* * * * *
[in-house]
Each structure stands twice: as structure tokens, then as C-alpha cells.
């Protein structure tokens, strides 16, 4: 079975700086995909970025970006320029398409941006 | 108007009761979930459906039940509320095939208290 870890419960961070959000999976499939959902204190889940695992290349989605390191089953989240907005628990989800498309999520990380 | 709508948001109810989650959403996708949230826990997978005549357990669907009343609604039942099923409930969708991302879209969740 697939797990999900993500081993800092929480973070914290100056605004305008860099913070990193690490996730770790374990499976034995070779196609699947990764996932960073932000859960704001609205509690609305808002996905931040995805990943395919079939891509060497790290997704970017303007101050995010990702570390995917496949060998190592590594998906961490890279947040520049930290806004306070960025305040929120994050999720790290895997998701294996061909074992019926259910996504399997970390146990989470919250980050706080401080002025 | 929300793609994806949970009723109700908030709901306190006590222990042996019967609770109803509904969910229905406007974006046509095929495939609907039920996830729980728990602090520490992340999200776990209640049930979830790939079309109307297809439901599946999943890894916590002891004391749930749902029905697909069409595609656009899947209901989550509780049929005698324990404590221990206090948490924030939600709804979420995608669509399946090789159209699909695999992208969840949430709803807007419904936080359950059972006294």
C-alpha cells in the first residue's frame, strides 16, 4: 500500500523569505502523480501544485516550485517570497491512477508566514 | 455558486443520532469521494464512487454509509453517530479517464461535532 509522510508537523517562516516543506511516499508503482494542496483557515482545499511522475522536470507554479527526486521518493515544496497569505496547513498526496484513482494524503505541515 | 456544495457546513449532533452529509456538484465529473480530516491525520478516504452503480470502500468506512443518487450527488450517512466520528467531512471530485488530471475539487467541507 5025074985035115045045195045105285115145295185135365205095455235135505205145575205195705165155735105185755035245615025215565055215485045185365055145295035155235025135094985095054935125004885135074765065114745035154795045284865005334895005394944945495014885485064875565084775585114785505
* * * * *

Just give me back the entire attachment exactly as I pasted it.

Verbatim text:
[in-house]
Each structure stands twice: as structure tokens, then as C-alpha cells.
């Protein structure tokens, strides 16, 4: 079975700086995909970025970006320029398409941006 | 108007009761979930459906039940509320095939208290 870890419960961070959000999976499939959902204190889940695992290349989605390191089953989240907005628990989800498309999520990380 | 709508948001109810989650959403996708949230826990997978005549357990669907009343609604039942099923409930969708991302879209969740 697939797990999900993500081993800092929480973070914290100056605004305008860099913070990193690490996730770790374990499976034995070779196609699947990764996932960073932000859960704001609205509690609305808002996905931040995805990943395919079939891509060497790290997704970017303007101050995010990702570390995917496949060998190592590594998906961490890279947040520049930290806004306070960025305040929120994050999720790290895997998701294996061909074992019926259910996504399997970390146990989470919250980050706080401080002025 | 929300793609994806949970009723109700908030709901306190006590222990042996019967609770109803509904969910229905406007974006046509095929495939609907039920996830729980728990602090520490992340999200776990209640049930979830790939079309109307297809439901599946999943890894916590002891004391749930749902029905697909069409595609656009899947209901989550509780049929005698324990404590221990206090948490924030939600709804979420995608669509399946090789159209699909695999992208969840949430709803807007419904936080359950059972006294």
C-alpha cells in the first residue's frame, strides 16, 4: 500500500523569505502523480501544485516550485517570497491512477508566514 | 455558486443520532469521494464512487454509509453517530479517464461535532 509522510508537523517562516516543506511516499508503482494542496483557515482545499511522475522536470507554479527526486521518493515544496497569505496547513498526496484513482494524503505541515 | 456544495457546513449532533452529509456538484465529473480530516491525520478516504452503480470502500468506512443518487450527488450517512466520528467531512471530485488530471475539487467541507 5025074985035115045045195045105285115145295185135365205095455235135505205145575205195705165155735105185755035245615025215565055215485045185365055145295035155235025135094985095054935125004885135074765065114745035154795045284865005334895005394944945495014885485064875565084775585114785505